The History of Kings Cakes

The History of Kings Cakes Featured Image

One of the greatest parts of Mardi Gras in New Orleans has to include the delicious tradition of making a Kings Cake. For years, the King Cake Festival not only saw new and exciting versions of the traditional Kings Cake but became more popular as a dessert with several local bakeries trying to outdo each other.

How did the Kings Cake become part of Mardi Gras?

 

three kings and Baby Jesus

Actually, the origin of the King Cake is a lot older than Mardi gras and goes back to the middle ages deep within Europe. Deeply embraced by religious symbolism, the Kings Cake began its historic journey around the 15th century. The origin of the name itself also comes from a celebration that revolved around Christmas and the celebration of the 12th night. For those who still understand Christmas symbolism, this is the last day of the Christmas season.

As two religious events mark the celebration of the 12th Night, it has also been called Three Kings Day. The Biblical Magi as they are commonly called have commonly been know as the three kings who paid a visit to the Baby Jesus after he was born. They came bearing gifts that included Gold, frankincense, and Myrrh. This day is all part of the Epiphany otherwise known as Three Kings Day.

The introduction of the cake itself was all part of the population that celebrated Jesus Christ and the Epiphany. If you’re still rusty on Christian values, this is the revelation of understanding and acceptance of God’s incarnate aka Jesus Christ. But the celebrations went much further to symbolize the Three Kings in a way that became a symbol of the Epiphany feast. Depending on which country in Europe celebrates Epiphany, the cakes are all different.

The ingredients are all varied but the concept is still as pure as it was back in the 15th century. Inside each cake, a fava bean was hidden to represent the baby, Jesus. Over the years, this bean changed and started to include small figurines of Jesus instead. The original idea is that whoever found the bean would be gifted with luck and prosperity.

Of course, this concept changed from country to country and all had significance what finding the bean meant to the lucky (or unlucky one) who finds this prize. It was the French who started the idea that a Kings Cake needed to have a crown on it, awarding the youngest member of the family who found the fava bean to be King of Queen for a day. Interestingly enough, 68% of French citizens admit they purposely hide the fava bean for their kids to find.

It goes without saying that it’s the credit of the French people who helped colonize the Southern US including the thriving port of New Orleans. But the evolution of the King’s cake also took on attributes from other European countries that helped shape its history much further. Thanks to Germany, this cake is shaped like a wreath and hides an almond instead of the fava bean. In the UK, they took this dessert cake very seriously, and even the most famous bards of them all: Shakespeare wrote the classic Twelfth Night! They follow the French custom closely but included a fava bean on one side and one pea on the other.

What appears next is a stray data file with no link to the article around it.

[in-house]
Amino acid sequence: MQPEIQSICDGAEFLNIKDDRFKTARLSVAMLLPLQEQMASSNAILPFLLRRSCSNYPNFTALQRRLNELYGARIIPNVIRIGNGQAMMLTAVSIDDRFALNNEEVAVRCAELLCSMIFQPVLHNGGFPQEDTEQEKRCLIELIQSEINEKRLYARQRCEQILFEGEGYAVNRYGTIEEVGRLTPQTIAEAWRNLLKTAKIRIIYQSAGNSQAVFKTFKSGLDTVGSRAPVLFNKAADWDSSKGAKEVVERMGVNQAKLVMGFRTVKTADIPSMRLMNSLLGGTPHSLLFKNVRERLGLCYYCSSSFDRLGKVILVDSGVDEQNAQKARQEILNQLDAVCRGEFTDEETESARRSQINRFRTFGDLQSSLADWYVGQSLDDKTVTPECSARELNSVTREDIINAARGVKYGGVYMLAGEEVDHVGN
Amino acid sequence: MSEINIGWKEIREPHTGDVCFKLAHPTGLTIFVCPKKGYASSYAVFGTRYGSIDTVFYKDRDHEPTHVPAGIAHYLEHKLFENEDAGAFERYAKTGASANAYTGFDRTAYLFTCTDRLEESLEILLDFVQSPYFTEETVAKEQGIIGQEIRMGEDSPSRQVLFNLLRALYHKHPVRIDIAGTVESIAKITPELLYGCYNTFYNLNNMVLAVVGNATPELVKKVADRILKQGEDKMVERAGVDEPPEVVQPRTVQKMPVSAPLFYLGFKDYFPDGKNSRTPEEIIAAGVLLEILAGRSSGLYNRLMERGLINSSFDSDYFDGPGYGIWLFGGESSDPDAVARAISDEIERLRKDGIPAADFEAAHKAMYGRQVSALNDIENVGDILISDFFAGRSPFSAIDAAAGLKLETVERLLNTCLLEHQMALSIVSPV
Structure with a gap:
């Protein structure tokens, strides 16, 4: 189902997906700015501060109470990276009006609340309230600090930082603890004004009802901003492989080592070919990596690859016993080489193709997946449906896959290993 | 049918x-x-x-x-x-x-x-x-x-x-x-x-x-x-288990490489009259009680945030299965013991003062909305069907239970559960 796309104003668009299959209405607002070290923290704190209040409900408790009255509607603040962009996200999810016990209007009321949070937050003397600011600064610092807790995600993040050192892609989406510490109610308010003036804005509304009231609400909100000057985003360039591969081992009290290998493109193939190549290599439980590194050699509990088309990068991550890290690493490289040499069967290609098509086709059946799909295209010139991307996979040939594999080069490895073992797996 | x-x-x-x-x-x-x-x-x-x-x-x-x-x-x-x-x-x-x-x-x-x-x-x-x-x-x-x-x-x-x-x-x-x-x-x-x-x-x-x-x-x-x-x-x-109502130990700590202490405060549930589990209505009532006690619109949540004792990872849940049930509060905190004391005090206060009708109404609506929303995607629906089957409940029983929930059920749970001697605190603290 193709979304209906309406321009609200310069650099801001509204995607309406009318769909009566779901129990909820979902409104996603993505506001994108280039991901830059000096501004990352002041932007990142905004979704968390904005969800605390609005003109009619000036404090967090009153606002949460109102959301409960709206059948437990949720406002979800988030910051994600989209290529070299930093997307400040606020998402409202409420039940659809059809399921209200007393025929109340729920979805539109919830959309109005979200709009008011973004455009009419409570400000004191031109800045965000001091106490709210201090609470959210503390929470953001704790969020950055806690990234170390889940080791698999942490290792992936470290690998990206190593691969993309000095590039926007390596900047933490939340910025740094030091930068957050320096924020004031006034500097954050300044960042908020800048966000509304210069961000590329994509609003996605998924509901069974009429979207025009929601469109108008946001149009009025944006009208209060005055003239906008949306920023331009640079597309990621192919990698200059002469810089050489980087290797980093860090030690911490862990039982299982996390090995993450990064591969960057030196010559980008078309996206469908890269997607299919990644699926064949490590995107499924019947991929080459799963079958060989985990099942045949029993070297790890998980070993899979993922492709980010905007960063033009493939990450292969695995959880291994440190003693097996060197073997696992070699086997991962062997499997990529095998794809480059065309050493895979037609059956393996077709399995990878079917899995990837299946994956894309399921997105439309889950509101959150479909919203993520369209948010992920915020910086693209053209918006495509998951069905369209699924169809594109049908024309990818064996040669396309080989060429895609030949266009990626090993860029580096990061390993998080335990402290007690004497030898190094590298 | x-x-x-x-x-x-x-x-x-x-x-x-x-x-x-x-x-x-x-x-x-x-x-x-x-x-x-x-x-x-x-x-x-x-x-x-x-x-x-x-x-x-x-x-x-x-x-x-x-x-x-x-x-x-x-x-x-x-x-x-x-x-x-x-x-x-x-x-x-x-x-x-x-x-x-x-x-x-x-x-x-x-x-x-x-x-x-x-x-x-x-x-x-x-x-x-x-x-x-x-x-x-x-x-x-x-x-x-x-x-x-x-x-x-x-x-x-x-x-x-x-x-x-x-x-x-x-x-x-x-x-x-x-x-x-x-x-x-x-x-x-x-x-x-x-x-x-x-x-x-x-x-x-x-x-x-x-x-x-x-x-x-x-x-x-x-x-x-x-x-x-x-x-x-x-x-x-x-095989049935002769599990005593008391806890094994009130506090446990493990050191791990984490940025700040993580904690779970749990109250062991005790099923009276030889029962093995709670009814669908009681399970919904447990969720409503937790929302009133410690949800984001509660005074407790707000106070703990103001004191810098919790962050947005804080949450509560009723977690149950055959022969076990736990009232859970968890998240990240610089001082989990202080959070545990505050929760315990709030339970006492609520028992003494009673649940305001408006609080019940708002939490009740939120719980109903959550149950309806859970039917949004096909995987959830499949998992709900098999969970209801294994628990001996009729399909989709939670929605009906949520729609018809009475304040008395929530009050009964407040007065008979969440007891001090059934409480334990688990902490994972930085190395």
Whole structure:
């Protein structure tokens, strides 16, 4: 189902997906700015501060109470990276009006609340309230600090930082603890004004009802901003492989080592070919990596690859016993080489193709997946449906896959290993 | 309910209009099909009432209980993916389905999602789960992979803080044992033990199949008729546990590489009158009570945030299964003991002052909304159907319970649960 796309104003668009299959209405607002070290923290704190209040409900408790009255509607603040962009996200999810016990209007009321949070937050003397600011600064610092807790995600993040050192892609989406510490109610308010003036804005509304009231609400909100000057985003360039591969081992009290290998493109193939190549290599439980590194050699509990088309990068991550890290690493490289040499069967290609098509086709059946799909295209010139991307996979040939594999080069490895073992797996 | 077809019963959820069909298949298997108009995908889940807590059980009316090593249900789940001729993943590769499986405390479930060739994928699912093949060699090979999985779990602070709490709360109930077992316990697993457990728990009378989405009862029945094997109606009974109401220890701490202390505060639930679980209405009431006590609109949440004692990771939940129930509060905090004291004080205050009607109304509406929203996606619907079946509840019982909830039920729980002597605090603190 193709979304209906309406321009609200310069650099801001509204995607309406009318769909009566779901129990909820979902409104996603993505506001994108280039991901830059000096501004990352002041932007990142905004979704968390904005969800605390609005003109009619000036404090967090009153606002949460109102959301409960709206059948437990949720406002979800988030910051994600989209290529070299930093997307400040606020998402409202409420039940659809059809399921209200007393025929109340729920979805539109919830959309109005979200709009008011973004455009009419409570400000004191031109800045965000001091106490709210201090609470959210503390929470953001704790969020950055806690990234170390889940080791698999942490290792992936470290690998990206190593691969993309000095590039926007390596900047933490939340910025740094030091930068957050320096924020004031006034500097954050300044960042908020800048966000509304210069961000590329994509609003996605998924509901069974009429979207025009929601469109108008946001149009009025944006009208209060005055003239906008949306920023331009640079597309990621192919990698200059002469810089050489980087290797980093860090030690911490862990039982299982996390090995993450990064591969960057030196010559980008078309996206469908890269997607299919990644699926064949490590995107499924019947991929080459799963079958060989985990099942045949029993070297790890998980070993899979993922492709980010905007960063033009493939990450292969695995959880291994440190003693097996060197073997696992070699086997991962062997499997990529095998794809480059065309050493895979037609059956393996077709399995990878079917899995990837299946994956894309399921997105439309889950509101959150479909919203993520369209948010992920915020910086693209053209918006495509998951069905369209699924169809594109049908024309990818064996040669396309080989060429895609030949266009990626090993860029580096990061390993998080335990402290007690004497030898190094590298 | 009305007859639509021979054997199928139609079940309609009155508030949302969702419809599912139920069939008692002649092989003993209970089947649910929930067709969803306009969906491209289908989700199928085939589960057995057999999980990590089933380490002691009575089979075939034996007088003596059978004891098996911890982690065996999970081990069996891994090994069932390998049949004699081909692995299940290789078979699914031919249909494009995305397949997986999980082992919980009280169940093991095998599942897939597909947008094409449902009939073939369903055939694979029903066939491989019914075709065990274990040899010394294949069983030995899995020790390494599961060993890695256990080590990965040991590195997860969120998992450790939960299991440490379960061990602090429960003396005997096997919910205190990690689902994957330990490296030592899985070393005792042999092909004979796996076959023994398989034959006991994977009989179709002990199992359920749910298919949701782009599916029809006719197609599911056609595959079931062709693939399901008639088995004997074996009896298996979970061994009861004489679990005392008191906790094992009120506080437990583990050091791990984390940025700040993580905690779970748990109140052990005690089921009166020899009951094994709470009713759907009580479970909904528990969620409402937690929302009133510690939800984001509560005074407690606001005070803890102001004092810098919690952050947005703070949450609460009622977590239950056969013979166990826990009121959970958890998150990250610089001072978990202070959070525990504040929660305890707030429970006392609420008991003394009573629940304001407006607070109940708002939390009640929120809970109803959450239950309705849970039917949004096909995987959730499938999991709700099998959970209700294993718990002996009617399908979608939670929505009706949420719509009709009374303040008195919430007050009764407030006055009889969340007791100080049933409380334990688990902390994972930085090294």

This allowed for two people to become a King and Queen for the day. This tradition was finally broken when the UK decided to replace the Kings Cake with the Christmas cake during the Victorian era. But for those who live in Spain and Portugal, there was hell to pay if you happened to find the bean. This donut-shaped cake with a hole in the middle became the Portuguese symbol and orders that you buy the cake next year if you find the bean.

Spain was no better with a double whammy task for those who discovered the bean. You would either need to return the symbol of Jesus to the nearest church on Candlemass Day or throw a party for everyone that same day when they find the little figurine.

Kings Cake comes to America

Christians, Catholics celebration and kings cake

Some claim that the Kings Cake was brought in by Basque settlers around 1718, but there is way too much proof in 1870 when the French had settled in after they made the Louisiana Purchase in 1803. Either way, the celebration of Carnival is commonly held on Fat Tuesday and a day before Ash Wednesday. The association of Epiphany also includes Easter which for many Christians and Catholics consider this day the death of Christ.